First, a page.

Instead, I would like to ask Molly and Travis to look toward the future and promise to be part of the solution. We share so many important goals – care for our environment, increasing our stock of affordable housing, supporting the diversity that defines Chapel Hill and more. There are many paths to the success we all want for Chapel Hill.
Come on, give it a chance.
’Tis the musical season
In spite of superficial divides of association, proximity, and ideology, music unites, bringing together people who wish to experience the elation it brings and want to share it. The Duke Medicine Orchestra is the result of over 90 members from 26 departments connecting music to Duke Medicine and to the greater community.
We’re branching out this holiday season with a beautiful piece commissioned from New York-based composer Michael Markowski, called “City Trees.” The premiere will be on Dec. 9 at 7:30 p.m. in Baldwin Auditorium on Duke’s East Campus. We will be having a pre-concert talk at 7 p.m. with local artist Clara K Johnson, who will be exhibiting artwork designed for this theme, and Mr. Markowski, who will share the roots of his inspiration for “City Trees.”
Tell your friends and family, and come enjoy some great music on Dec. 9. We hope to see you there.
The writer is a senior at Durham City of Medicine Academy and a violinist in the Duke Medicine Orchestra
Come share with us
The Jan. 11-April 22, 2016, schedule for 24 morning classes, sponsored by Shared Learning Association of Chapel Hill, is now available online at www.sharedlearningchapelhill.com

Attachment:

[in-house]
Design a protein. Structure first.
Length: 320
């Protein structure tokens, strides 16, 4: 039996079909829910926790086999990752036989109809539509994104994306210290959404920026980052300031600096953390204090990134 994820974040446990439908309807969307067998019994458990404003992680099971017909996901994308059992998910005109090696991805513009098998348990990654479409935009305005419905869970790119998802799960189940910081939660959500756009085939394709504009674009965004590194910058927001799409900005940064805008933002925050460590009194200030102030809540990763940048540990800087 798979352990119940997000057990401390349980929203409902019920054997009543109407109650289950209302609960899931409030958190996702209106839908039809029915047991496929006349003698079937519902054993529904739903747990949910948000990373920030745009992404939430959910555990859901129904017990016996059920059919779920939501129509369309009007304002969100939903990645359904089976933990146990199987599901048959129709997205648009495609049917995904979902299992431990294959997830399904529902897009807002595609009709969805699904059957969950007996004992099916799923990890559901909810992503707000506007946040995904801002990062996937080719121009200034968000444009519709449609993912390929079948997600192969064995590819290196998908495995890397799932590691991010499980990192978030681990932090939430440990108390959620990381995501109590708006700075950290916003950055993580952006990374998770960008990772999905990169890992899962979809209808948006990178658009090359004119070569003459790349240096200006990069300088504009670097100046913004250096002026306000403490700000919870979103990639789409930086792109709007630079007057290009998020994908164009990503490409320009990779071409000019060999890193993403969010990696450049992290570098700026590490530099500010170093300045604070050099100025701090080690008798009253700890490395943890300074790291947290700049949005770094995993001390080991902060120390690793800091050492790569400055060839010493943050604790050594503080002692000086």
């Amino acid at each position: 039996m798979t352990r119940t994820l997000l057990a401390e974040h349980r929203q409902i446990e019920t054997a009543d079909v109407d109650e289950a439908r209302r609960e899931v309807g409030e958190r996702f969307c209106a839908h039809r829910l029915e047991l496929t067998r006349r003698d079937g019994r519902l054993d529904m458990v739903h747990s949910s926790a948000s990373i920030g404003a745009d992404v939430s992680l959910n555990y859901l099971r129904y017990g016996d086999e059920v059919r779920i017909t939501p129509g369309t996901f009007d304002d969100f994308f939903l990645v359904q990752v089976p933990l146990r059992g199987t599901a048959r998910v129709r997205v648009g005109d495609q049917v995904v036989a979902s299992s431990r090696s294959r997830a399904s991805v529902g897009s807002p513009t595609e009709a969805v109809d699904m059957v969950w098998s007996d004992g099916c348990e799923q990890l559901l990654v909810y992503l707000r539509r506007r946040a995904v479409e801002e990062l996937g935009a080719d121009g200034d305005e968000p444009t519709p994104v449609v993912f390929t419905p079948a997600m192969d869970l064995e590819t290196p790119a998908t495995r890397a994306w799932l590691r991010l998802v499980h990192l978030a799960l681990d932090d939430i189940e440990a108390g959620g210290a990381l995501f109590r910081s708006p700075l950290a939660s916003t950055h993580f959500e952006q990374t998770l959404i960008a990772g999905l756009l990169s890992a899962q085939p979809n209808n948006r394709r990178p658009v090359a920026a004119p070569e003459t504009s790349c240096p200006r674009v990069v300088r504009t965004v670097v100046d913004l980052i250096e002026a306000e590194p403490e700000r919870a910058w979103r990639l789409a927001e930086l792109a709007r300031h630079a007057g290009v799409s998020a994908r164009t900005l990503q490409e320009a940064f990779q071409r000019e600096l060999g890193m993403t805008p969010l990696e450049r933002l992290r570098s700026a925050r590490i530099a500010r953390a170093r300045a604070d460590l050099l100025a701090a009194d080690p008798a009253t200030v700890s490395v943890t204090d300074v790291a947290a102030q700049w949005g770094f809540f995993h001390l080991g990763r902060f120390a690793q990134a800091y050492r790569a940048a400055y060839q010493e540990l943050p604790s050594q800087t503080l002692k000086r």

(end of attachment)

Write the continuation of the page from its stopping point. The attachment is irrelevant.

Paper copies of the six-page catalog can be picked up in the Chapel Hill Public Library or by calling Nancy at 703-329-2933. The registration period is from Nov. 30 to Jan. 4, 2016.
Some course titles include: “’Best Poets,” “the Bill of Rights and 14th Amendment,” “a History of Impressionism,” “Modern American Essays,” “Forensic History: Crimes, Frauds and Scandals,” “History of the English language” and “Views on the News.” Classes are held in comfortable classroom environments in Expand Church, formerly Celebration Assembly of God, at 114 Weaver Dairy Road in Chapel Hill.
Founded in 1981, Shared Learning is a voluntary association for persons living in or near Chapel Hill who wish to continue learning in groups and classroom settings. We offer our members stimulating, non-credit morning courses, designed and conducted by fellow members, in fall, spring and summer terms. Topics come from the humanities, hard sciences, fine arts, social and behavioral sciences and current events.
The writer is the vice president of Shared Learning